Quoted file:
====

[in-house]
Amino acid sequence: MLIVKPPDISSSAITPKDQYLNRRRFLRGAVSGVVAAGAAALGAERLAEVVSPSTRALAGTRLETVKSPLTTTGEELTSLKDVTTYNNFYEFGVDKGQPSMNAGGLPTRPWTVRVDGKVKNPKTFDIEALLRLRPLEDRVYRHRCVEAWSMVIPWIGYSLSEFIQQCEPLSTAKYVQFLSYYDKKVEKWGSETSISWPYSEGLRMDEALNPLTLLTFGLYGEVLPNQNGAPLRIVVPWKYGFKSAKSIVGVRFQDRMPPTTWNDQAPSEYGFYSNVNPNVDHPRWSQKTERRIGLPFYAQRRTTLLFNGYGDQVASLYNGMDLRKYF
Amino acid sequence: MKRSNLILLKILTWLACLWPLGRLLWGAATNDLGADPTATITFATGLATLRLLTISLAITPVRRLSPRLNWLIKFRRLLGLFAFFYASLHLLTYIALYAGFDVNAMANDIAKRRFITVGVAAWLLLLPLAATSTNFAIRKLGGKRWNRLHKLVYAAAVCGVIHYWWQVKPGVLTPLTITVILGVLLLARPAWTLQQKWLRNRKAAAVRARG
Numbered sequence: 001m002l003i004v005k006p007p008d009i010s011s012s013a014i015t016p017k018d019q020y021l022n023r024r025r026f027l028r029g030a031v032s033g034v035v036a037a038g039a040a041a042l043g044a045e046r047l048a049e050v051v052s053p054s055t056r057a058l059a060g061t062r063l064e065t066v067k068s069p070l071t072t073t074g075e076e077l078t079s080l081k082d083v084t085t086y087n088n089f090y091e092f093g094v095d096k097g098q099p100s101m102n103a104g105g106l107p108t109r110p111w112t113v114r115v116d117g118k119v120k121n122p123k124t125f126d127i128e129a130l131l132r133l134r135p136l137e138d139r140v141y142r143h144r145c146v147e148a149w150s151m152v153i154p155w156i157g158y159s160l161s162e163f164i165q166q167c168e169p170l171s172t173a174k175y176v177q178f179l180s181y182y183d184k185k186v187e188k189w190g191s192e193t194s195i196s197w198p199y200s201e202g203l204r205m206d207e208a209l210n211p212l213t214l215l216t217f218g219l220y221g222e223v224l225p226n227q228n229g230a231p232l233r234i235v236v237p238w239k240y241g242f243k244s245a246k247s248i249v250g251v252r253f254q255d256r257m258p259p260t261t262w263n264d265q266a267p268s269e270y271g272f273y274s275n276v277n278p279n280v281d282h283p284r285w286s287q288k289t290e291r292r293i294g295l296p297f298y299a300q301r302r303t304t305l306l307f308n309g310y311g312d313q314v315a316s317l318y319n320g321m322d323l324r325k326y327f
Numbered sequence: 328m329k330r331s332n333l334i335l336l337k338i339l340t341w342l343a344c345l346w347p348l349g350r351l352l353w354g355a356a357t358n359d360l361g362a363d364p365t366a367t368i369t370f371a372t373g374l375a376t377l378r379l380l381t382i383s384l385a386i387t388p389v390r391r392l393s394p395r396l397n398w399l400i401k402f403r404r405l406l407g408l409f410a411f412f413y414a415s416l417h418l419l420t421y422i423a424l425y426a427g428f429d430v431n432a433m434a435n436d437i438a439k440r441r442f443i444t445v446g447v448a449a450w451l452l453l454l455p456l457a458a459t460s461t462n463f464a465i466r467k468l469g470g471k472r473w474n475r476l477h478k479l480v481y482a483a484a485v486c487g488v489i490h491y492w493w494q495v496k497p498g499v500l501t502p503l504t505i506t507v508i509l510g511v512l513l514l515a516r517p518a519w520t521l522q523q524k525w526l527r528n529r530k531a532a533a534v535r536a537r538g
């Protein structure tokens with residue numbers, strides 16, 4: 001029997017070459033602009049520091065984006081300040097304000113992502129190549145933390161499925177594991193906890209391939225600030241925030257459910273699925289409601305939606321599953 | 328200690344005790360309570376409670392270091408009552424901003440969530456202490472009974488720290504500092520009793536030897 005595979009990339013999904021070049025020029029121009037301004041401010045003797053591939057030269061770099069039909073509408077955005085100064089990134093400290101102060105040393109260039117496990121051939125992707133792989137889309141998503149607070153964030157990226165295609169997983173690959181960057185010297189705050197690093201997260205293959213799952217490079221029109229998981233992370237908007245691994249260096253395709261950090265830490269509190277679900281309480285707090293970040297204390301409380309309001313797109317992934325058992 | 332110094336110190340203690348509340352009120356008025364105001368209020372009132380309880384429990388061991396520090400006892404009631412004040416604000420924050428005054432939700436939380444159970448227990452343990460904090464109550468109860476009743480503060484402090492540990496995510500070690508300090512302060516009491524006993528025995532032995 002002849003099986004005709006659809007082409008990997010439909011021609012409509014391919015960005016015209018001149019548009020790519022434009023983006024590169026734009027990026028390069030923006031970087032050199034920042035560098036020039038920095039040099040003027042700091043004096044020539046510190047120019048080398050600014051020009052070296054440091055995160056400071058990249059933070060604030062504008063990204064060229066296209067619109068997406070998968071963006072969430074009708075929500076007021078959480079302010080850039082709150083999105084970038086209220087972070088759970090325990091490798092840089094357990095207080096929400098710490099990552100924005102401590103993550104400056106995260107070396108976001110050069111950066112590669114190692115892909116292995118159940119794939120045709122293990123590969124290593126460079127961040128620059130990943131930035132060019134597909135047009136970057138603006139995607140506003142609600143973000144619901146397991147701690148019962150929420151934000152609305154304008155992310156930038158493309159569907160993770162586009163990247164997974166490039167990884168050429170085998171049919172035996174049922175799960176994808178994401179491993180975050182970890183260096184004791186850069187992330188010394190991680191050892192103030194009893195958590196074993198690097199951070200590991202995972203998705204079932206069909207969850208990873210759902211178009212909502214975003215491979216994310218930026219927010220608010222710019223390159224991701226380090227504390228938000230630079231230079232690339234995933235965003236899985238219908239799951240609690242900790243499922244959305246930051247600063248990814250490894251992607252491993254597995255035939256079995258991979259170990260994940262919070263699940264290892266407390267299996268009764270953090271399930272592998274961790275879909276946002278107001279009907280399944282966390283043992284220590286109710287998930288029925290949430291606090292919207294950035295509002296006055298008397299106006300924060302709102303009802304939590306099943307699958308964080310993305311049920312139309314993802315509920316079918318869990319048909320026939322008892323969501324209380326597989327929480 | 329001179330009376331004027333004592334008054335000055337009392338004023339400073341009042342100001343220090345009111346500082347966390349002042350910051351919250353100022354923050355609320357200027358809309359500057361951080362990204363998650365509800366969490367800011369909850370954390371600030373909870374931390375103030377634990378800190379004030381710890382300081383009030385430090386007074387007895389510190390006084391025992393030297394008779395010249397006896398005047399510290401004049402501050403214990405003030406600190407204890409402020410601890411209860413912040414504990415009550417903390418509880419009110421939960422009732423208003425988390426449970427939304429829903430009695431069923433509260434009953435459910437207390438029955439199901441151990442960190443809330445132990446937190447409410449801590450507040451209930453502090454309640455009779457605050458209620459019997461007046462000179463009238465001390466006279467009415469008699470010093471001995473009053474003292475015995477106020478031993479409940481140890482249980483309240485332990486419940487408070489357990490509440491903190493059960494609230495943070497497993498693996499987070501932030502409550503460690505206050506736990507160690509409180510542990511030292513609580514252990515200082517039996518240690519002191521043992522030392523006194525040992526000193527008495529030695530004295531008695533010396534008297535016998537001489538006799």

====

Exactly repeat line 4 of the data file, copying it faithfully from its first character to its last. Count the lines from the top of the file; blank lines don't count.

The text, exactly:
Numbered sequence: 001m002l003i004v005k006p007p008d009i010s011s012s013a014i015t016p017k018d019q020y021l022n023r024r025r026f027l028r029g030a031v032s033g034v035v036a037a038g039a040a041a042l043g044a045e046r047l048a049e050v051v052s053p054s055t056r057a058l059a060g061t062r063l064e065t066v067k068s069p070l071t072t073t074g075e076e077l078t079s080l081k082d083v084t085t086y087n088n089f090y091e092f093g094v095d096k097g098q099p100s101m102n103a104g105g106l107p108t109r110p111w112t113v114r115v116d117g118k119v120k121n122p123k124t125f126d127i128e129a130l131l132r133l134r135p136l137e138d139r140v141y142r143h144r145c146v147e148a149w150s151m152v153i154p155w156i157g158y159s160l161s162e163f164i165q166q167c168e169p170l171s172t173a174k175y176v177q178f179l180s181y182y183d184k185k186v187e188k189w190g191s192e193t194s195i196s197w198p199y200s201e202g203l204r205m206d207e208a209l210n211p212l213t214l215l216t217f218g219l220y221g222e223v224l225p226n227q228n229g230a231p232l233r234i235v236v237p238w239k240y241g242f243k244s245a246k247s248i249v250g251v252r253f254q255d256r257m258p259p260t261t262w263n264d265q266a267p268s269e270y271g272f273y274s275n276v277n278p279n280v281d282h283p284r285w286s287q288k289t290e291r292r293i294g295l296p297f298y299a300q301r302r303t304t305l306l307f308n309g310y311g312d313q314v315a316s317l318y319n320g321m322d323l324r325k326y327f